WHY WE DID THIS STUDY
The Federal Marketplace at HealthCare.gov was designed to enable millions of Americans to select health insurance in a “one-stop shop” environment. A project of this magnitude and complexity required the development, integration, and operation of multiple information technology (IT) systems and Government databases. CMS acquisition planning and procurement activities were among the first steps critical to ensuring the success of this project. CMS awarded 60 contracts across 33 companies to perform this work. The troubled launch of the Federal Marketplace at HealthCare.gov in October 2013 raised a number of concerns, including questions about the adequacy of CMS’s planning and procurement efforts for this key project under the Affordable Care Act.

HOW WE DID THIS STUDY
We conducted a detailed review of documentation provided by CMS for the 60 Federal Marketplace contracts, selected 6 key contracts for indepth review, and interviewed Department of Health and Human Services (HHS) and CMS officials involved with contracting for the Federal Marketplace. We also reviewed procurement regulations, manuals, guides, and procedures provided by both HHS and CMS for acquisition planning, contractor selection, and contracting oversight processes.

WHAT WE FOUND
When awarding the Federal Marketplace contracts, CMS did not always meet contracting requirements. For example, CMS did not develop an overarching acquisition strategy for the Federal Marketplace or perform all required oversight activities. Moreover, for a project of this size and importance, CMS missed opportunities to leverage all available acquisition planning tools and contracting approaches to identify and mitigate risks. Specifically, CMS did not exercise the option to plan for a lead systems integrator to coordinate all contractors’ efforts prior to the launch of the Federal Marketplace. The complexity of the Federal Marketplace underscored the need for CMS to select the most qualified contractors. However, CMS did not perform thorough reviews of contractor past performance when awarding two key contracts. CMS also made contracting decisions that may have limited the number of acceptable proposals for much of the key Federal Marketplace work. In addition, CMS selected contract types that placed the risk of cost increases for this work solely on the Government.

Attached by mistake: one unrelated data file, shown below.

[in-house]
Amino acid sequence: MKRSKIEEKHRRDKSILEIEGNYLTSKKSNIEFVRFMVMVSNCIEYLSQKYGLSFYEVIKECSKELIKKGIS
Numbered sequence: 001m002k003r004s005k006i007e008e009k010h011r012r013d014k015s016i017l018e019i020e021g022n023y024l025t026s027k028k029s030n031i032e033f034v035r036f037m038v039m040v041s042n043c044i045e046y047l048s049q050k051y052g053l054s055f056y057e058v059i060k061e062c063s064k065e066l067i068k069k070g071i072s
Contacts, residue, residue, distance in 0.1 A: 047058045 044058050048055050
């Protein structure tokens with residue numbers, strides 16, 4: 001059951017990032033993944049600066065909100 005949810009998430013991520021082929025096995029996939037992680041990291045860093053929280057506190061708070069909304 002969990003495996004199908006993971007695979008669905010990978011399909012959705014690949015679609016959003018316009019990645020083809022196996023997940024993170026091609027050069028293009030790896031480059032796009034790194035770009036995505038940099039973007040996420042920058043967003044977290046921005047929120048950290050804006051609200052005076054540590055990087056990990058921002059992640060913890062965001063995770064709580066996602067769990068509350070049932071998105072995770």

WHAT WE RECOMMEND
We recommend that (1) CMS ensure that acquisition strategies are completed as required by regulation, (2) CMS assess whether to assign a lead systems integrator for complex IT projects, (3) CMS ensure that contract actions are properly documented, (4) CMS ensure that all contracts subject to oversight review requirements undergo those reviews, (5) HHS limit or eliminate regulatory exceptions to acquisition planning requirements, and (6) HHS revise its acquisition guidance to include specific standards for conducting past performance reviews. HHS and CMS concur with all of our recommendations.

Medicare Per Capita Spending By Age And Service: New Data Highlights Oldest Beneficiaries

January 20, 2015 Comments off

Medicare Per Capita Spending By Age And Service: New Data Highlights Oldest Beneficiaries
Source: Health Affairs

Medicare per capita spending for beneficiaries with traditional Medicare over age 65 peaks among beneficiaries in their mid-90s and then declines, and it varies by type of service with advancing age. Between 2000 and 2011 the peak age for Medicare per capita spending increased from 92 to 96. In contrast, among decedents, Medicare per capita spending declines with age.

As the US population ages and more people on Medicare live into their 80s, 90s, and beyond, analysts and policy makers are examining the impact of these trends on the federal budget and the Medicare program. At the same time, geriatricians and other providers who care for older patients are paying greater attention to the question of how best to meet the needs of an aging population. By 2050 the number of people on Medicare ages 80 and older will nearly triple; the number of people in their 90s and 100s will quadruple.

To inform discussions about Medicare’s role in providing coverage for an aging population and to assess the relationship between Medicare spending and advancing age, this article presents findings from an analysis of Medicare per capita spending among beneficiaries over age 65 in traditional Medicare, by age and type of service.